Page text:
Study: Keep obesity rates level, save about $550 billion

May 8, 2012, 10:48 a.m.

If U.S. obesity rates remain at 2010 levels, that could total nearly $550 billion in savings over the next two decades. (Credit: David D./Flickr Creative Commons)

By some estimates, more than a third of the American population is obese – and certain linear time trend projections say that proportion could be up to more than half by 2030.

But a new study appearing in the American Journal of Preventive Medicine has found that if the U.S. can keep the prevalence of obesity to 2010 levels, the cost of savings over the next 20 years could add up to nearly $550 billion.

That's got people's attention.

Cutting obesity rates by just 20 percent over the next two decades would slash $85 billion off health care costs, reports MSNBC.

As of 2010, around 36 percent of U.S. adults were obese – that's about 30 pounds overweight – and six percent were severely obese – 100 pounds or more overweight. The study predicts that by 2030, 42 percent of adults will be obese and 11 percent will be severely obese.

The report takes into account recent evidence that obesity among some groups is leveling off, but despite that measure of moderation, the trend is still one of increase.

Should the study's predictions hold true, that would put the country's obese population at well over 100 million people.

Eric Finkelstein, the study's lead researcher, told USA Today that his team's estimates assume that the country is already doing its worst in terms of an environment that promotes obesity. "We don't expect the environment to get much worse than it is now, or at least we hope it doesn't," he said.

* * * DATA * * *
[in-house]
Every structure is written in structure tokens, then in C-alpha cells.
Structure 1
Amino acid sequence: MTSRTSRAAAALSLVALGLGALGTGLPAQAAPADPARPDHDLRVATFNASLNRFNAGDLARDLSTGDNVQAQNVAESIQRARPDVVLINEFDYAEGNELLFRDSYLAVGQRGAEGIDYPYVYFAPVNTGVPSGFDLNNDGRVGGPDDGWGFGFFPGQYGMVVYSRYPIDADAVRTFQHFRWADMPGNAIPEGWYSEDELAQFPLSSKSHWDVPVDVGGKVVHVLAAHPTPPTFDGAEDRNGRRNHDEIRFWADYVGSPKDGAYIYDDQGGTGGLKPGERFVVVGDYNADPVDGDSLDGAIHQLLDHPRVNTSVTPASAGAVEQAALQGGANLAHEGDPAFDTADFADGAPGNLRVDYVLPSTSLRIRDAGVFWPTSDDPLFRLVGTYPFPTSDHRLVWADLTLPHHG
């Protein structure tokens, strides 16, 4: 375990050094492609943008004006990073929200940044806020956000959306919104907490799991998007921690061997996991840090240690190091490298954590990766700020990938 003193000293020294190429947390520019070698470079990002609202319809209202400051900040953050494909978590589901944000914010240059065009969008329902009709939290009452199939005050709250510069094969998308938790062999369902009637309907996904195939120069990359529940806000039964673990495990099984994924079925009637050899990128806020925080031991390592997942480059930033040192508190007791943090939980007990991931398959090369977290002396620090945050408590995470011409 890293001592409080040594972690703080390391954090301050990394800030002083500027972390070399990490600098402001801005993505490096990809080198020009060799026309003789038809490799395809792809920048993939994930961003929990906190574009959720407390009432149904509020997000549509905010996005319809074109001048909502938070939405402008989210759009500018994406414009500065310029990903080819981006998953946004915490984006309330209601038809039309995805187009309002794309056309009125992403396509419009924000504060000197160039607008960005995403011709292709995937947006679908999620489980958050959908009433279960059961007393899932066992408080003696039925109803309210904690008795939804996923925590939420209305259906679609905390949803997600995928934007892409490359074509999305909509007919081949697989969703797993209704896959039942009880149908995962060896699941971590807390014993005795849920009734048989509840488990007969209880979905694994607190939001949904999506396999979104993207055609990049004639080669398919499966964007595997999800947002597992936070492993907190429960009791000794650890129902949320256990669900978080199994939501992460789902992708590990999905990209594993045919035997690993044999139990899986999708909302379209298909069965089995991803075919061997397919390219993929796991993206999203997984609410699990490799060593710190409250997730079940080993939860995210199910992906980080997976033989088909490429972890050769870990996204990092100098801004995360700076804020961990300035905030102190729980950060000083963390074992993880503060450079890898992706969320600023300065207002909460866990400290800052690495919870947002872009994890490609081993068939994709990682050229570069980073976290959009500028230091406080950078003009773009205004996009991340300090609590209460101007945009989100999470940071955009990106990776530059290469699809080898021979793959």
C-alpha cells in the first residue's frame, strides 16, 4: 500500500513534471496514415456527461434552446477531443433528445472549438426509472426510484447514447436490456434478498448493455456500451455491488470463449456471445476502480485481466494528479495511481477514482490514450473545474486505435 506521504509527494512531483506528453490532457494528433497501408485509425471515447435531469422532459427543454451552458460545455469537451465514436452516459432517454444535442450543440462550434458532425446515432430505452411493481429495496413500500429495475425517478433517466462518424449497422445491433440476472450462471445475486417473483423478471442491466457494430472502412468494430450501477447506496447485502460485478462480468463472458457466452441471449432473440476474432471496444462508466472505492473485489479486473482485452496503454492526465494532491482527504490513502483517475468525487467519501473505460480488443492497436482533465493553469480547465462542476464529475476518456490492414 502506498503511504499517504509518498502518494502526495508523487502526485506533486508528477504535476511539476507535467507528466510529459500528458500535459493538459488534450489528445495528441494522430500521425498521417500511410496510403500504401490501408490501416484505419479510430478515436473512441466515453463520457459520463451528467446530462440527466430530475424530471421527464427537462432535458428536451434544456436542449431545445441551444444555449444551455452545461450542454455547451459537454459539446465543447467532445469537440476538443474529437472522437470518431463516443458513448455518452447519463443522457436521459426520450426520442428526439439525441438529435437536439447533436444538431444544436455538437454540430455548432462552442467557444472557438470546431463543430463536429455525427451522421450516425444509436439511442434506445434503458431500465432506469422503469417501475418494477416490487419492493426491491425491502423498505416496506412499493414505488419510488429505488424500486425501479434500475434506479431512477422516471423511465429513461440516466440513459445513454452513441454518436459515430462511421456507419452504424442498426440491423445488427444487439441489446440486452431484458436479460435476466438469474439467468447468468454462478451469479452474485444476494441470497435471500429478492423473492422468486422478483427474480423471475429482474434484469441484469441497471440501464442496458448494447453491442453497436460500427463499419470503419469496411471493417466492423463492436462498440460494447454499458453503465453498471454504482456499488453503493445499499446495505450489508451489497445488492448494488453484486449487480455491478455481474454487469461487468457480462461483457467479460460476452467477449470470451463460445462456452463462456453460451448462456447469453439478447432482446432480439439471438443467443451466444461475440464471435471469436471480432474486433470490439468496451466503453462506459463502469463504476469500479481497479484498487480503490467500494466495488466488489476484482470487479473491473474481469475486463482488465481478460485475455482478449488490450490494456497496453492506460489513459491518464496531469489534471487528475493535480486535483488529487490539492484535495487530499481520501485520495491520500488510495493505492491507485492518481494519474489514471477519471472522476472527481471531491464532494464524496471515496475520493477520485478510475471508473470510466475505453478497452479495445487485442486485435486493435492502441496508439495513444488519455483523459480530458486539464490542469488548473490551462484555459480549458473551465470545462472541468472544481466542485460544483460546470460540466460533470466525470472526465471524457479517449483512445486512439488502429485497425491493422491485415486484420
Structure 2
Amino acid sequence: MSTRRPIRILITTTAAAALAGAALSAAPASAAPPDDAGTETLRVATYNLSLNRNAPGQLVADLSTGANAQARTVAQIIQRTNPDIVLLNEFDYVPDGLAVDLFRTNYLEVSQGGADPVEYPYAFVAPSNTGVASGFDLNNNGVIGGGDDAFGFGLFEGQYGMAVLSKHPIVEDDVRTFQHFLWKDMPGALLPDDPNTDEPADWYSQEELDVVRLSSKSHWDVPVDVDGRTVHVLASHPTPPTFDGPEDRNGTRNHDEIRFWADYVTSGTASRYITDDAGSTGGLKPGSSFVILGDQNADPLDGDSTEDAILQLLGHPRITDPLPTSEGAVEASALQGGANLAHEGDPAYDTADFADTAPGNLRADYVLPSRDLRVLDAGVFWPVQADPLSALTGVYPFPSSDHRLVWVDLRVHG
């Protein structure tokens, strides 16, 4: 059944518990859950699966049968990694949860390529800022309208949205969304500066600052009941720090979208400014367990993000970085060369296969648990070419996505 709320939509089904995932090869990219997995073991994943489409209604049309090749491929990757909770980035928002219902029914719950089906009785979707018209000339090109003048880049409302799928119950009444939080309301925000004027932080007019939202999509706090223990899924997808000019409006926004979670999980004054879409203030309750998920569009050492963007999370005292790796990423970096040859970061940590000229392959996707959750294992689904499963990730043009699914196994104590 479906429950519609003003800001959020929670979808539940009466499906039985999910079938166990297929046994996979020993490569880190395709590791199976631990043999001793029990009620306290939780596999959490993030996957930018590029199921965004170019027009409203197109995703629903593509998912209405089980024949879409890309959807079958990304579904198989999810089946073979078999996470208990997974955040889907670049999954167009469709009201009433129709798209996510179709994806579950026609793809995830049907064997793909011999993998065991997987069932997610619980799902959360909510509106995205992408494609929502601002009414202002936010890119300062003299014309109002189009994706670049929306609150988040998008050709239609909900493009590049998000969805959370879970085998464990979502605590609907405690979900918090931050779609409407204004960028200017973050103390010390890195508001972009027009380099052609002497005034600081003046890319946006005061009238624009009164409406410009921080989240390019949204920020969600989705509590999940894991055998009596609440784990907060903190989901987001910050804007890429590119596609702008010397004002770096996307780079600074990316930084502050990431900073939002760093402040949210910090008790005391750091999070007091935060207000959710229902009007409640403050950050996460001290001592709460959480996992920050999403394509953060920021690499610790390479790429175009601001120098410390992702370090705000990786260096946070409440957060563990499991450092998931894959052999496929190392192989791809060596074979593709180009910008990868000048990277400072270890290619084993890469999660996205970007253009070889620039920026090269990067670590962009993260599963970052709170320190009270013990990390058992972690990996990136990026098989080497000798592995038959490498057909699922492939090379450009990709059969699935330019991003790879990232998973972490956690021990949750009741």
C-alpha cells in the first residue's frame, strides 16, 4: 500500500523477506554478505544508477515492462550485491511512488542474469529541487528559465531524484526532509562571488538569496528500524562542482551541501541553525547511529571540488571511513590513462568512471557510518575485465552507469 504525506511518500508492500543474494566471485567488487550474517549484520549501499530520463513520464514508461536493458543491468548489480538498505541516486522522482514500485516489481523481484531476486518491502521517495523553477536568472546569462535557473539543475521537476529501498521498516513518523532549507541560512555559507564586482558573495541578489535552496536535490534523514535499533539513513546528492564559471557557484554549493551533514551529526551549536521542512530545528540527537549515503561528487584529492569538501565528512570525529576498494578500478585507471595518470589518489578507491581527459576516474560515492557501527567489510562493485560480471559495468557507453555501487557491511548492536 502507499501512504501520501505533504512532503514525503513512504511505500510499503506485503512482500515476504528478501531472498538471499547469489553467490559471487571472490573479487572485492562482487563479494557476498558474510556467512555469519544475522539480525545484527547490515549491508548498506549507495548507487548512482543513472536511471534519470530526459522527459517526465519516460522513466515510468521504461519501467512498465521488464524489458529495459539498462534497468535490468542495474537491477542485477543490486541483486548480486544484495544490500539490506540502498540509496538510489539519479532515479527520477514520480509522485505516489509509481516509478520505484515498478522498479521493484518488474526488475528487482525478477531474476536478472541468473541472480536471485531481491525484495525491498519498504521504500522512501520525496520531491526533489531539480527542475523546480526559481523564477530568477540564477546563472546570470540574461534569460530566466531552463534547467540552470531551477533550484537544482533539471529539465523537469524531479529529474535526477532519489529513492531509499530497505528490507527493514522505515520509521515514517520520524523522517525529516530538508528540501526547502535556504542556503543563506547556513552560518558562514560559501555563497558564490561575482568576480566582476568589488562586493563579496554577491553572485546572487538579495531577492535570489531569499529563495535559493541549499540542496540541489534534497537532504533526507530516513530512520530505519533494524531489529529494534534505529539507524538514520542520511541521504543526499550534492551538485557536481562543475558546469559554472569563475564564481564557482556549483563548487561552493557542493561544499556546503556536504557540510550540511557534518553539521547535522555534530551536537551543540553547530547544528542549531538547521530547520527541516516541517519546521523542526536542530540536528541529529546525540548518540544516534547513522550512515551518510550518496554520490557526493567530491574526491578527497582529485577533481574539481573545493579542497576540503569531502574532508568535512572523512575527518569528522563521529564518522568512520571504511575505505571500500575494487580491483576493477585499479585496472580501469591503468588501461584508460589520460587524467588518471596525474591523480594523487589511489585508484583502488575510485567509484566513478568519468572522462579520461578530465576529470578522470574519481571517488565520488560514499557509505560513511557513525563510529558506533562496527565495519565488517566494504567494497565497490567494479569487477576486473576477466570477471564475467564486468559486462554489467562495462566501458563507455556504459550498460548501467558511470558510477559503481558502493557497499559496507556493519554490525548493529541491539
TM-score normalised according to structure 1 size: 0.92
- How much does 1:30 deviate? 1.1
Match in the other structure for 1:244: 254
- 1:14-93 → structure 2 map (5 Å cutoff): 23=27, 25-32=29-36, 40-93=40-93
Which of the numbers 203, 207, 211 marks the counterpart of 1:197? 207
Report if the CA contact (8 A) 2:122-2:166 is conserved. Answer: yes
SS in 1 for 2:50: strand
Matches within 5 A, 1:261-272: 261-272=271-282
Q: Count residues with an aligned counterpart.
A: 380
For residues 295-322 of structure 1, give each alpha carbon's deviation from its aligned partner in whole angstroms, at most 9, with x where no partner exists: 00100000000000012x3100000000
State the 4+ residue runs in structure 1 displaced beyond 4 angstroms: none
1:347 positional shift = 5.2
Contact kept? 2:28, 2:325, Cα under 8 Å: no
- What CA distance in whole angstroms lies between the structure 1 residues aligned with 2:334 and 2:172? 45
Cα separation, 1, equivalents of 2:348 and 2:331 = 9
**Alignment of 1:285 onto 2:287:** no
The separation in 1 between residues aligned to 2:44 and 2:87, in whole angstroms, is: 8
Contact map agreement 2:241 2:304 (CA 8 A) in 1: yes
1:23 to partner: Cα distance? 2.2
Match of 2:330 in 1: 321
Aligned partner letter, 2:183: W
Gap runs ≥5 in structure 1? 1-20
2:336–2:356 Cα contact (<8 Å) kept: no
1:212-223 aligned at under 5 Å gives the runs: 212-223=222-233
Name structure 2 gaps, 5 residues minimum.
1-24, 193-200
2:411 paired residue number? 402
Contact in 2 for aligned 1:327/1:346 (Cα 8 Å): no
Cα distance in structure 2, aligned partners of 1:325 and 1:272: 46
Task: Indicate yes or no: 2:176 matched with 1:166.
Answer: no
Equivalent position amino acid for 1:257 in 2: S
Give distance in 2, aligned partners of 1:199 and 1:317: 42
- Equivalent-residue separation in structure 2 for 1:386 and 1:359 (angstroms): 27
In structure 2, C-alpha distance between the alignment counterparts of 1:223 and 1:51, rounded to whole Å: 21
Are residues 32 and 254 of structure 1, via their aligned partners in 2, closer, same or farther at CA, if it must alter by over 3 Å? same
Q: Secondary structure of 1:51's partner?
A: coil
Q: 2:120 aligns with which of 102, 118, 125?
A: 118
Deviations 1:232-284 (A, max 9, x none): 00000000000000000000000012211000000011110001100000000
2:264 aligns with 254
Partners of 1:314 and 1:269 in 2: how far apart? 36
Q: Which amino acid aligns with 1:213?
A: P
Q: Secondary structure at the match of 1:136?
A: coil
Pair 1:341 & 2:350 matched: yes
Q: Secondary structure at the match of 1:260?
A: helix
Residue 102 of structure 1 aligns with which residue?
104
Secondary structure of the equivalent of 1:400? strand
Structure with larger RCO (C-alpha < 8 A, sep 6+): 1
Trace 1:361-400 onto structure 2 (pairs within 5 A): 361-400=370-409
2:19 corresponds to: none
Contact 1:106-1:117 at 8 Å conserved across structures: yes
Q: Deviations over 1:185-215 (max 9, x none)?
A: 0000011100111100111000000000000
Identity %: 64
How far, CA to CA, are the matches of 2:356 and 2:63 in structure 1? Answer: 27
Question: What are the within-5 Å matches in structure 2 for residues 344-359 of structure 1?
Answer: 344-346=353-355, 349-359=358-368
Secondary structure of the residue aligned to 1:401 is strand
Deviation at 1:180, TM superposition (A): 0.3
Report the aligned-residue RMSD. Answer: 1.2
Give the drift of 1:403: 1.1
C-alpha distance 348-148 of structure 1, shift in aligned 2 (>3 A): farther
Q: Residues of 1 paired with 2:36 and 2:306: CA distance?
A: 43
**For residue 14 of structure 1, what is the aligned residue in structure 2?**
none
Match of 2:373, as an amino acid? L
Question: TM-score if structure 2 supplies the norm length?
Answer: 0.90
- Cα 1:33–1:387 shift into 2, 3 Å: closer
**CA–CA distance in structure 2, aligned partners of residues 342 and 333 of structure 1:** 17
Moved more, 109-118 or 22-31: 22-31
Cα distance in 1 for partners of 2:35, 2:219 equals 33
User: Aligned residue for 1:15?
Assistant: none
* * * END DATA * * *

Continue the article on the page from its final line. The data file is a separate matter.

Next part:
Researchers found that an obese person costs about $1,400 more in medical expenses a year than someone who's at a healthy weight – and that estimate isn't the highest one out there.

Obesity exacerbates negative health outcomes and puts people at increased risk of type 2 diabetes, heart disease, stroke, different cancers and other chronic illnesses.

But the study's authors concluded by saying that even the smallest anti-obesity efforts count.

"[S]uccessful interventions that generate even small improvements in obesity prevalence ... could result in substantial savings," they wrote.

Rebecca Puhl, the director of research at Yale's Rudd Center for Food Policy and Obesity, told USA Today what some of those interventions might look like.

"If we want to reduce obesity, we have to change the conditions that created it in the first place," she said, "with less advertising of unhealthy foods to children, easier access to healthy foods for everyone, improved physical education requirements in all schools, environments that make it easier for people to be active, and taxes on sugar-sweetened beverages."

South Los Angeles' obesity rates are way above other area averages in the county.

Photo by David D. via Flickr Creative Commons.

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